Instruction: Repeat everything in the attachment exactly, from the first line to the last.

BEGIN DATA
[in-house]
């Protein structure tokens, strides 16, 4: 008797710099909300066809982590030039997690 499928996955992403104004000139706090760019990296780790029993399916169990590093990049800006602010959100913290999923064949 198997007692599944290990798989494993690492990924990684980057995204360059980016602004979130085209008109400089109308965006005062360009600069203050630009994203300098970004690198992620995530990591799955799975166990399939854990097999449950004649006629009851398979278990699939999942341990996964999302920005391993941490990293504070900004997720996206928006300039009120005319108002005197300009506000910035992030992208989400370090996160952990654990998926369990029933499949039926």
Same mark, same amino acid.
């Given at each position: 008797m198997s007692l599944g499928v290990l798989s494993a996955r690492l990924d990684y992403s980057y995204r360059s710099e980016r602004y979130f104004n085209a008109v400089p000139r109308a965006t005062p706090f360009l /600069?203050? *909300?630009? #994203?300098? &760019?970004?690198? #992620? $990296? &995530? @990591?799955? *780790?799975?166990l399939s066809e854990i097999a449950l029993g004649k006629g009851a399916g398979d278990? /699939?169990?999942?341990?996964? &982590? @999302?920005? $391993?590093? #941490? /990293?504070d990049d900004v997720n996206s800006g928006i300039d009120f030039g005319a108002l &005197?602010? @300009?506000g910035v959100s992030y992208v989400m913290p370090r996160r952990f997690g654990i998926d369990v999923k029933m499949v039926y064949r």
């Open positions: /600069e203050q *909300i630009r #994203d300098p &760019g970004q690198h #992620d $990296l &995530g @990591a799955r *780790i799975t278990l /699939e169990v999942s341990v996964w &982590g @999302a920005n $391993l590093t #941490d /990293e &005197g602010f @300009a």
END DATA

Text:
[in-house]
């Protein structure tokens, strides 16, 4: 008797710099909300066809982590030039997690 499928996955992403104004000139706090760019990296780790029993399916169990590093990049800006602010959100913290999923064949 198997007692599944290990798989494993690492990924990684980057995204360059980016602004979130085209008109400089109308965006005062360009600069203050630009994203300098970004690198992620995530990591799955799975166990399939854990097999449950004649006629009851398979278990699939999942341990996964999302920005391993941490990293504070900004997720996206928006300039009120005319108002005197300009506000910035992030992208989400370090996160952990654990998926369990029933499949039926």
Same mark, same amino acid.
């Given at each position: 008797m198997s007692l599944g499928v290990l798989s494993a996955r690492l990924d990684y992403s980057y995204r360059s710099e980016r602004y979130f104004n085209a008109v400089p000139r109308a965006t005062p706090f360009l /600069?203050? *909300?630009? #994203?300098? &760019?970004?690198? #992620? $990296? &995530? @990591?799955? *780790?799975?166990l399939s066809e854990i097999a449950l029993g004649k006629g009851a399916g398979d278990? /699939?169990?999942?341990?996964? &982590? @999302?920005? $391993?590093? #941490? /990293?504070d990049d900004v997720n996206s800006g928006i300039d009120f030039g005319a108002l &005197?602010? @300009?506000g910035v959100s992030y992208v989400m913290p370090r996160r952990f997690g654990i998926d369990v999923k029933m499949v039926y064949r």
């Open positions: /600069e203050q *909300i630009r #994203d300098p &760019g970004q690198h #992620d $990296l &995530g @990591a799955r *780790i799975t278990l /699939e169990v999942s341990v996964w &982590g @999302a920005n $391993l590093t #941490d /990293e &005197g602010f @300009a």